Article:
Art and Craft
Just as wood is the material of the carpenter, and bronze that of the sculptor, the art of living has each individual's own life as its material.
Epictetus, Discourses, 1.15, 1
Like many other people during the pandemic, I started watching The Great British Bake Off (called The Great British Baking Show in the U.S.), even though I’m not a baker. It’s an appealing show: 12 amateur bakers races through three timed challenges to create all kinds of crazy baked goods, ranging from fanciful wedding cakes to obscure Victorian puddings. Their bakes are judged by famous professional bakers, and each week the worst performer has to go home. At the end of the season, one baker is declared the best amateur baker in Britain. It’s all very good fun.
What fascinated me, as a non-baker watching the show, is how often the best bakers were either artists or scientists. When they set out to bake, they brought all their talents with them, whether they were graphic designers or engineers or carpenters. They often played to their strengths. Many (but not all) of the engineers and scientists were technically precise, experimenting with new ingredients and techniques and implementing well-executed plans. Many of the more artistic bakers brought stunning creativity and design flair, resulting in exquisite miniature works of art. All of them were impressive.
The reason both artists and scientists do extremely well at baking is, of course, that baking is a combination of art and science. It is a technical craft, so masters of the craft will have technical understanding: if I add baking soda to the batter, it’s going to taste a certain way and rise in the oven; if I mix it in at a certain time, it’s going to perform better than at another time; it’s going to interact best with these ingredients and the cake should be baked at this temperature in the oven. But at the same time, it is an art requiring creativity, adaptiveness, and panache. The baker needs to know how to respond to small changes in the environment, improvising as they go along, staying true to their artistic vision throughout the process.
As in baking, so in philosophy. Or I should say, so in Stoic philosophy, which sees philosophy as a technical craft that might be called “the art of living.” Let's look at this metaphor, which is dissected at length in one of my favorite modern Stoic texts, John Sellars’ The Art of Living. (I highly recommend this work to anyone who wishes to deepen their understanding and practice of Stoicism.)
If we want to be happy, the ancient Stoics said, we should see the work of our lives not as acquiring external goods or racking up external achievements, but as perfecting the living of our lives. Each life is an artwork in progress. But the art of living differs from baking in that it is a performative art, like acting, dancing, or playing the violin, in which “the performance itself is the product” (Sellars, 2003, p. 168). Our primary goal is not to produce anything (although that could be a secondary goal), but to play our parts well.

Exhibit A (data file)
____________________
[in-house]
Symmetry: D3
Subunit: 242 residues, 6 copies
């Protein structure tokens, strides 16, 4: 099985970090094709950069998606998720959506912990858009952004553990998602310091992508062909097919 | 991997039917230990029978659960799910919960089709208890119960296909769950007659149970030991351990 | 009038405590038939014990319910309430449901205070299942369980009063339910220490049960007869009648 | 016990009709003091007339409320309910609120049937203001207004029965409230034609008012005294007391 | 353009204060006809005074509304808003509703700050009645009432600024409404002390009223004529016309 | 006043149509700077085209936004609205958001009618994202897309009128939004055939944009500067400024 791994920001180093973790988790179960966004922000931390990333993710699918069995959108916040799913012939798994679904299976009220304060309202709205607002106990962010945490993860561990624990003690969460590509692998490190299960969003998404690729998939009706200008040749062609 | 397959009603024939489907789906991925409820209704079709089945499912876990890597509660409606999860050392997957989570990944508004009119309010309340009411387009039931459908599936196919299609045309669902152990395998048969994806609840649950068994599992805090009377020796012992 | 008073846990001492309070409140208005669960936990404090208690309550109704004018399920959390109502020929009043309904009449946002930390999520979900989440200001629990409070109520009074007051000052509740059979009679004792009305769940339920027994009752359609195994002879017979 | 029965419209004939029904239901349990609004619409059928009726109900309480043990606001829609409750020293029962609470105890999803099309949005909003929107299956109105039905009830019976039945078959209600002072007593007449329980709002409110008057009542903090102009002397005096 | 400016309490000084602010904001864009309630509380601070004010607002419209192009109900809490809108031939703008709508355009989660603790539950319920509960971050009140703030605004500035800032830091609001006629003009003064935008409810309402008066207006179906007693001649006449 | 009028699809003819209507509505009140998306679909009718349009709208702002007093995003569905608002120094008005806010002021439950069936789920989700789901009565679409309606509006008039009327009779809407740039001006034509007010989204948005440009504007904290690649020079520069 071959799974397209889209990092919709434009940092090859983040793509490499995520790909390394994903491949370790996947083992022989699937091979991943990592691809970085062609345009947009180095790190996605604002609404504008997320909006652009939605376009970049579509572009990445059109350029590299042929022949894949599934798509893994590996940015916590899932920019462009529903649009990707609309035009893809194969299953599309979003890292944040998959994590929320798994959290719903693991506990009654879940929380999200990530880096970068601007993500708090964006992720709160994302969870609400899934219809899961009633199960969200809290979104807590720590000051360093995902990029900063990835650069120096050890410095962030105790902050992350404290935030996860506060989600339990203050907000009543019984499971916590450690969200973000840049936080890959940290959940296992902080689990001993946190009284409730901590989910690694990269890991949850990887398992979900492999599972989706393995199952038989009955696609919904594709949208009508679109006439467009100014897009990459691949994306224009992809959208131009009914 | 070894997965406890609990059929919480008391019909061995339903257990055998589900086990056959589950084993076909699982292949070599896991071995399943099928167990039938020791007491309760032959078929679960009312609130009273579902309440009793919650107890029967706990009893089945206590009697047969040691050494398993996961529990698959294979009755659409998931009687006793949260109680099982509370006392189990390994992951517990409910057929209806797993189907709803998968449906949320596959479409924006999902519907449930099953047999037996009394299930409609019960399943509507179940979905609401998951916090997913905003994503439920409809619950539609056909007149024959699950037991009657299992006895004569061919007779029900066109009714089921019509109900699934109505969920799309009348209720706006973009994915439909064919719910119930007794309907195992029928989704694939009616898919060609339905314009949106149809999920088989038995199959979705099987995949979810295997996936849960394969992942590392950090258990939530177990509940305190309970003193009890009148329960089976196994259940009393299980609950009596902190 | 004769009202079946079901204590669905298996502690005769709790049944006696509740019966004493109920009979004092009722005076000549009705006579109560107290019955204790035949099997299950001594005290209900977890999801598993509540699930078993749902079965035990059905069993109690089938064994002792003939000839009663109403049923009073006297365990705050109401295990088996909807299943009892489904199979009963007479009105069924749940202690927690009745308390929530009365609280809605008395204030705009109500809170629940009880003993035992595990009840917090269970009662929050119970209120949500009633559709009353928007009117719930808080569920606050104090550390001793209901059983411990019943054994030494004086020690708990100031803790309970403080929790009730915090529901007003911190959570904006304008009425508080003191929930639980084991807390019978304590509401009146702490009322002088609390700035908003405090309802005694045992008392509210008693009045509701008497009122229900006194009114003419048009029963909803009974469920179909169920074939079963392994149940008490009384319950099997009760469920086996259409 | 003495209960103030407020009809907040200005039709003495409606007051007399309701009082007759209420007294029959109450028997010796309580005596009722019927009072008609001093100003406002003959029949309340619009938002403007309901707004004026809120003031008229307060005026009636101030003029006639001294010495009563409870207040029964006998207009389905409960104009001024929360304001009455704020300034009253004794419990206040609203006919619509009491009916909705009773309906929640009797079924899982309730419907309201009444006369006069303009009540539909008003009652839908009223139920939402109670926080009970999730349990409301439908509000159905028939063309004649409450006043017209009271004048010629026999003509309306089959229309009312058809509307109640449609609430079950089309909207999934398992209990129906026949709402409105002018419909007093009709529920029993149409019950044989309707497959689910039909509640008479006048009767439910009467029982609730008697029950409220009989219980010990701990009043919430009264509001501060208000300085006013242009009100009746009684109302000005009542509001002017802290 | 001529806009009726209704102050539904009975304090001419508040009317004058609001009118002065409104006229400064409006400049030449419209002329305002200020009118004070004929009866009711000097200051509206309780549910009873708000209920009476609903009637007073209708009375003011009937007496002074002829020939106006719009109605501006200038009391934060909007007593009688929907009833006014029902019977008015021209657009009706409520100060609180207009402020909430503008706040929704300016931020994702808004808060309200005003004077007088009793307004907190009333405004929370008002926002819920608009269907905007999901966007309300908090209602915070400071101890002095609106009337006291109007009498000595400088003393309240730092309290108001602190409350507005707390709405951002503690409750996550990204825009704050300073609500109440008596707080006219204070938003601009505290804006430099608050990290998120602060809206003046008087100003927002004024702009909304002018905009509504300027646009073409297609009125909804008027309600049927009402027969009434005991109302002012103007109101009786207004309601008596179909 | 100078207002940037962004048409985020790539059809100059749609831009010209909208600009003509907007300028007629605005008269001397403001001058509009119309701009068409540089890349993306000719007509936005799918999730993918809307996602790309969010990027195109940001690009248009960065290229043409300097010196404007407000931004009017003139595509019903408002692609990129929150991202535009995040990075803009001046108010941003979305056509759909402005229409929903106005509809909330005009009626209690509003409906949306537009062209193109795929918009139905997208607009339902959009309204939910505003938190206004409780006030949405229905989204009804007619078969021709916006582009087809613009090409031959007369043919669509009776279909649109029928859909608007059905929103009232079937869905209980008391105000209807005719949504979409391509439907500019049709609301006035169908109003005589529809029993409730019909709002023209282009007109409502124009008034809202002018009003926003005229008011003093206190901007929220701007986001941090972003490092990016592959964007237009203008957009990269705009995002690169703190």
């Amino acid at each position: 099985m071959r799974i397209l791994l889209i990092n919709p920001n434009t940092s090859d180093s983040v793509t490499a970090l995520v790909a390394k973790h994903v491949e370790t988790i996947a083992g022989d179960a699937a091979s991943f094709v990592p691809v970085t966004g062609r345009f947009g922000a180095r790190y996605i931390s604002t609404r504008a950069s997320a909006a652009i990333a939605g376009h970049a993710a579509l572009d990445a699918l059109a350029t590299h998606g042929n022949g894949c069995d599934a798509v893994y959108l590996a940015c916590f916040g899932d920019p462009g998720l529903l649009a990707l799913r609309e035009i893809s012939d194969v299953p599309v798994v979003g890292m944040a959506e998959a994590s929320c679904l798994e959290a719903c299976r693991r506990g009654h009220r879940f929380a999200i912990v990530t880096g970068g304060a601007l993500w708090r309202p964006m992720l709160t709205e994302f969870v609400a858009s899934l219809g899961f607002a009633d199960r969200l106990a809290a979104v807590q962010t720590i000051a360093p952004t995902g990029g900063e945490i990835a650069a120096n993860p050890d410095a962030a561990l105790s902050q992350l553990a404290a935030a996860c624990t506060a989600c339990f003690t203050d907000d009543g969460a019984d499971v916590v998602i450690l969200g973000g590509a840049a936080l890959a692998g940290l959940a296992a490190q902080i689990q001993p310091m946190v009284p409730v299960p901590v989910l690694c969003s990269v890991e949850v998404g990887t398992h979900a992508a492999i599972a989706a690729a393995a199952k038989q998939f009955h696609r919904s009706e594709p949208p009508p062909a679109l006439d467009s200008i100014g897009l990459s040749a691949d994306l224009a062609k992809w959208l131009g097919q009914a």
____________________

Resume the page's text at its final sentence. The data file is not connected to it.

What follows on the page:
Once you start thinking about your life in this way—that every moment is part of a performance, and that the performance is your life—you experience a radical shift in your perspective. Instead of putting all your energy toward an external product, which will be produced at some distant date in the future, you begin to concentrate on each moment, because it too is part of the performance. Each thought and action becomes more significant, because each one is part of the total artistry of your life. There are no dress rehearsals. You are already in the performance, whether you like it or not, so you’d better get your act together.
But the art of living is not just about improvisation. It’s also about perfecting your technique and honing your skills as you go along. Bakers must know how to mix ingredients together into a pleasing combination, and musicians must know how to string notes together harmoniously. Our task as philosophers is to systematically inquire into the way of life that produces the best performance. Not just any mode of living will result in a good life. In fact, Epictetus says the starting point of philosophy is an awareness of our own weakness in understanding life (Discourses, 2.12, 1). Most people are overconfident in their abilities to distinguish good from bad, but once we start really thinking about it, how do we really know that we’re acting rightly?
Do you have anything to show us, then, over and above your personal opinion, that would enable you to make a better application of your preconceptions? But does a madman do anything other than what seems good to him? And would that be a sufficient criteria for him, too? Look now, this is the starting point of philosophy: the recognition that different people have conflicting opinions, the rejection of mere opinion so that it comes to be viewed with mistrust, an investigation of opinion to determine whether it is rightly held, and the discovery of a standard of judgment, comparable to the balance that we have devised for the determining of weights, or the carpenter's rule for determining whether things are straight or crooked. (2.12, 12-13)